For many racing fans, the Formula One competition is the pinnacle of motorsport. Over 9 months, on courses from Spain and Italy to Australia and Japan, 20 drivers in 10 teams will battle for the cup at speeds of up to 375 km/h Now in its 75th season, F1 racing attracts more than half a billion fans from around the world, with in-person race attendance reaching 450,000 at some venues and the global viewing audience averaging 70 million per race – by Jonathan Boyar


Since Liberty Media acquired the business, Formula One revenues accelerated sharply from $1.8 billion in 2017, to $3.2 billion last year (up 25% from 2022). Liberty chairman John Malone, who owns millions of Formula One shares, has a stellar long-term track record with companies under his control boasting a 17% compound annual growth rate dating back to 2006, versus 9% for the S&P 500. Investors that want to go along for the ride can do so by purchasing Formula One shares (FWONA), which is also a holding in the MAPFRE US Forgotten Value Fund.

Before 2017, F1’s popularity was on a downward trend, with unique viewers declining every year from 2010 on. But whereas the prior management had a rigid and arguably long-outdated view of what the sport should be, Liberty saw immense long-term potential and is promoting F1 as an entertainment franchise and not just a sports property – an approach that has resonated with audiences worldwide.

Perhaps the biggest game-changer has been the highly popular Netflix series Drive to Survive, which follows F1’s drivers, teams, and owners on and off the track. Now in its sixth season, with a seventh already slated, the show has helped draw a massive new following to the sport, with 40% of new fans now women and the average F1 fan now 4 years younger than historically. Meanwhile, in initially giving ESPN a sweetheart deal for US broadcast rights (a huge potential market for F1 that was historically underpenetrated), Liberty attained broad media exposure for F1, which then allowed it to renew the ESPN contract from 2023-2025 at a 17x annual increase.

Other changes under Liberty’s ownership also broadened its exposure, enhanced business financials, and have been generally well-received by F1 fans. Whether by giving drivers access to social media (which was strictly forbidden under prior ownership), instituting budget caps that have made teams consistently profitable and should help level the competitive playing field between teams, or implementing aerodynamic changes that encourage more frequent passing (which makes races more exciting for fans), F1’s new management has reshaped the business into a media juggernaut.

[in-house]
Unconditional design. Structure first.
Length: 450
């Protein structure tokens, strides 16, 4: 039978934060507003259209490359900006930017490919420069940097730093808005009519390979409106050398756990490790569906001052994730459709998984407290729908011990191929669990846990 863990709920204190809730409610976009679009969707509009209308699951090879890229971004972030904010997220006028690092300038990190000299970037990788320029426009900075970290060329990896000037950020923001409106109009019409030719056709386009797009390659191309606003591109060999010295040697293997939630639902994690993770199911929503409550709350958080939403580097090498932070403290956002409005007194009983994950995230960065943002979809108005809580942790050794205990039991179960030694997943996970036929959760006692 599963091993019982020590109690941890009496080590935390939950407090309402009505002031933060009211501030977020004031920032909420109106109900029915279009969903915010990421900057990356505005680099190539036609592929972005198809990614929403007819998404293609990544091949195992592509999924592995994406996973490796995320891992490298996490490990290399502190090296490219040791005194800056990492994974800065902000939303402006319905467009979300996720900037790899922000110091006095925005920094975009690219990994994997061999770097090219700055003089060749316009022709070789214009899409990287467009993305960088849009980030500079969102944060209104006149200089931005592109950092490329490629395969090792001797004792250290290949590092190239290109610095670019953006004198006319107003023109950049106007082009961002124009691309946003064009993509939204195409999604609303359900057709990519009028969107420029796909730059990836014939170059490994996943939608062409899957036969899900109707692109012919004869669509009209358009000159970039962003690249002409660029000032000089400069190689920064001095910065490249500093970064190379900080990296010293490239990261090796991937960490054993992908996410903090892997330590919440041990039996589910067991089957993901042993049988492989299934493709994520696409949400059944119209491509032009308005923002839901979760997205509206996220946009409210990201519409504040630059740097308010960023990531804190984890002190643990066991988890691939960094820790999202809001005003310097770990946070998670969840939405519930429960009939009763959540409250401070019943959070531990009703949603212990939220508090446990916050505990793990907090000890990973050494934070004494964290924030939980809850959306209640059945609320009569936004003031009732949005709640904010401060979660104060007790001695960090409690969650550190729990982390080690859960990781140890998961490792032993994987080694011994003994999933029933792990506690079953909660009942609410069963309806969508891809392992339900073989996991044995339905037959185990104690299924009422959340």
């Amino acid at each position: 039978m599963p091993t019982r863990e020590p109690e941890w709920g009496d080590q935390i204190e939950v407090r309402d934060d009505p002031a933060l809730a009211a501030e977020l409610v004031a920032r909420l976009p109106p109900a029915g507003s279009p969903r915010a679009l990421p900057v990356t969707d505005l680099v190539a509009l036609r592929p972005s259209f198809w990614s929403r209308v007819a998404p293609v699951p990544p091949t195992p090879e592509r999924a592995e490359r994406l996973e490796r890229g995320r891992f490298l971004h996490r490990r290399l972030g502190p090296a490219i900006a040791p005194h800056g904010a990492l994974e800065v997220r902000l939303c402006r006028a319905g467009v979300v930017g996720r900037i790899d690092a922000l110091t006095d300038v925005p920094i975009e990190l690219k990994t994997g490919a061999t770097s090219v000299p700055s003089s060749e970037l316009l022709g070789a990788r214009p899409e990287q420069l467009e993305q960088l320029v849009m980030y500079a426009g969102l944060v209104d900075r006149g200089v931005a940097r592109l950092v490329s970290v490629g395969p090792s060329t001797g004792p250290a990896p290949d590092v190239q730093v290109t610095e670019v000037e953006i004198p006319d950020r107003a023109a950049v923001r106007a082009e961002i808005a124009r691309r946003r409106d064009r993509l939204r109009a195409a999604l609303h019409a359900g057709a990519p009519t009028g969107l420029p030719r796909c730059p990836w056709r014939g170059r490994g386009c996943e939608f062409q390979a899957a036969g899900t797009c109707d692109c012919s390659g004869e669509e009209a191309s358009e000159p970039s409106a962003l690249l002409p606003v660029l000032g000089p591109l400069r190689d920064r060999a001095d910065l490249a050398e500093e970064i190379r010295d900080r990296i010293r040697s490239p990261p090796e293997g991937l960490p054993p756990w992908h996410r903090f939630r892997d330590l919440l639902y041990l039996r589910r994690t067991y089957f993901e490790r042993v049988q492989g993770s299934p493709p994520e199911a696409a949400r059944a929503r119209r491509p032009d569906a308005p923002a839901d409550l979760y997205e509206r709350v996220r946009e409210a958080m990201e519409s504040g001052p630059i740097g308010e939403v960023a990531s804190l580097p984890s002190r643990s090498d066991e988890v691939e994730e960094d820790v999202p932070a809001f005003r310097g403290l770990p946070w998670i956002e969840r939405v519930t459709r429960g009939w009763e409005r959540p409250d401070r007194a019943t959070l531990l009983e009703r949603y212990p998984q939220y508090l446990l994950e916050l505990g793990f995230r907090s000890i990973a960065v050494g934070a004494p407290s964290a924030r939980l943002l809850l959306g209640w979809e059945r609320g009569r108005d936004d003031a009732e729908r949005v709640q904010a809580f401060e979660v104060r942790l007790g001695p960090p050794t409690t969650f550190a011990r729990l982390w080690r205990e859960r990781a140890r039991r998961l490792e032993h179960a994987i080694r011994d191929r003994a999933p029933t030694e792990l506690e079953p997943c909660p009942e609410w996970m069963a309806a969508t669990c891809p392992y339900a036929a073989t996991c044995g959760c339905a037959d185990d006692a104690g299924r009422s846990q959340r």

In 2023 revenues totalled $3.2 billion, primarily from race promotion, media rights, and sponsorships. F1 licenses the rights to host, stage, and promote most of its events, with promoters generating revenue from ticket sales, concessions, hospitality, local sponsorships, and on-site advertising. Initial contracts are generally for 3–7 years, often with annual escalators of up to 5% per year. Promoters include circuit owners, automotive clubs, events organisers, governmental bodies, and more.

Television and other media rights cover race, practice, qualifier, highlight, and repeat broadcasts and usually last 3–5 years, again with annual escalators. Major broadcast partners include DAZN in Spain, ESPN in the United States, Bandeirantes in Brazil, and Sky in the United Kingdom, Germany, and Italy. Formula One also offers its own over-the-top subscription service, F1 TV, which lets viewers follow along from inside the cockpit of their favourite driver while giving them access to replays, live team radio chatter, and an array of real-time stats.

F1 courts an array of sponsors for trackside and digital advertising, yet advertising supply is inherently limited and the exclusivity F1 provides is highly appealing to advertisers (with certain advertising partners gaining the status of “Global Partner of Formula 1” or “Official Supplier to Formula 1,” and so on). Sponsorships usually last 3–5 years, with annual escalators, and are a high-margin revenue stream. F1 appeals to an affluent and diverse consumer demographic, which has helped attracted sponsors as diverse as Heineken (the sole sponsor of pre- and post-race coverage on SportsCenter), Mercedes-Benz (the ESPN telecast presenting sponsor), and American Express (which inked a multiyear contract as “the Official Payments Partner of F1” in the Americas).